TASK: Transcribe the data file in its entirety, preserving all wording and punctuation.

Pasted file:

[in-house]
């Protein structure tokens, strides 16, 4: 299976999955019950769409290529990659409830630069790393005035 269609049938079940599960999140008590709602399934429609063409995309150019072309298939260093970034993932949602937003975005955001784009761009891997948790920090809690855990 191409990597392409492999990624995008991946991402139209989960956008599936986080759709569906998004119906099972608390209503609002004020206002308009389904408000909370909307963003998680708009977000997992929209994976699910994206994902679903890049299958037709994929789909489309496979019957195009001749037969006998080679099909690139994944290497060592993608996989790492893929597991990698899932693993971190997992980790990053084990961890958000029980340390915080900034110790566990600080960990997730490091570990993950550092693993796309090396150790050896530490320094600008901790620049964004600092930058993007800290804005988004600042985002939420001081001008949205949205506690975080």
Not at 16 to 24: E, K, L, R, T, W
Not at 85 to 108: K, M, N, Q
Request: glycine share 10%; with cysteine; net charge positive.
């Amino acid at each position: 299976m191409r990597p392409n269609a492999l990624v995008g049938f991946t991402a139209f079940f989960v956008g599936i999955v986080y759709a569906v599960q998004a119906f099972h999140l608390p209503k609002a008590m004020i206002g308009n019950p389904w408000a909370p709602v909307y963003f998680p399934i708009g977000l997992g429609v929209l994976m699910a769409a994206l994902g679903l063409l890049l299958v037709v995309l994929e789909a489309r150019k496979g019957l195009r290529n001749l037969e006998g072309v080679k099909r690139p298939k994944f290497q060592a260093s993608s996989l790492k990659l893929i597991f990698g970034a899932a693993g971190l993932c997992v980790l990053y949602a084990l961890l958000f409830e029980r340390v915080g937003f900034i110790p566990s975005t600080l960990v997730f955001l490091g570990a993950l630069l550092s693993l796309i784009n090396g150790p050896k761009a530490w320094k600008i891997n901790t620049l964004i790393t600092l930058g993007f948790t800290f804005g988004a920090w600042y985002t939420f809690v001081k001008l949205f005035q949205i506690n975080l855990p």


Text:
[in-house]
């Protein structure tokens, strides 16, 4: 299976999955019950769409290529990659409830630069790393005035 269609049938079940599960999140008590709602399934429609063409995309150019072309298939260093970034993932949602937003975005955001784009761009891997948790920090809690855990 191409990597392409492999990624995008991946991402139209989960956008599936986080759709569906998004119906099972608390209503609002004020206002308009389904408000909370909307963003998680708009977000997992929209994976699910994206994902679903890049299958037709994929789909489309496979019957195009001749037969006998080679099909690139994944290497060592993608996989790492893929597991990698899932693993971190997992980790990053084990961890958000029980340390915080900034110790566990600080960990997730490091570990993950550092693993796309090396150790050896530490320094600008901790620049964004600092930058993007800290804005988004600042985002939420001081001008949205949205506690975080």
Not at 16 to 24: E, K, L, R, T, W
Not at 85 to 108: K, M, N, Q
Request: glycine share 10%; with cysteine; net charge positive.
């Amino acid at each position: 299976m191409r990597p392409n269609a492999l990624v995008g049938f991946t991402a139209f079940f989960v956008g599936i999955v986080y759709a569906v599960q998004a119906f099972h999140l608390p209503k609002a008590m004020i206002g308009n019950p389904w408000a909370p709602v909307y963003f998680p399934i708009g977000l997992g429609v929209l994976m699910a769409a994206l994902g679903l063409l890049l299958v037709v995309l994929e789909a489309r150019k496979g019957l195009r290529n001749l037969e006998g072309v080679k099909r690139p298939k994944f290497q060592a260093s993608s996989l790492k990659l893929i597991f990698g970034a899932a693993g971190l993932c997992v980790l990053y949602a084990l961890l958000f409830e029980r340390v915080g937003f900034i110790p566990s975005t600080l960990v997730f955001l490091g570990a993950l630069l550092s693993l796309i784009n090396g150790p050896k761009a530490w320094k600008i891997n901790t620049l964004i790393t600092l930058g993007f948790t800290f804005g988004a920090w600042y985002t939420f809690v001081k001008l949205f005035q949205i506690n975080l855990p």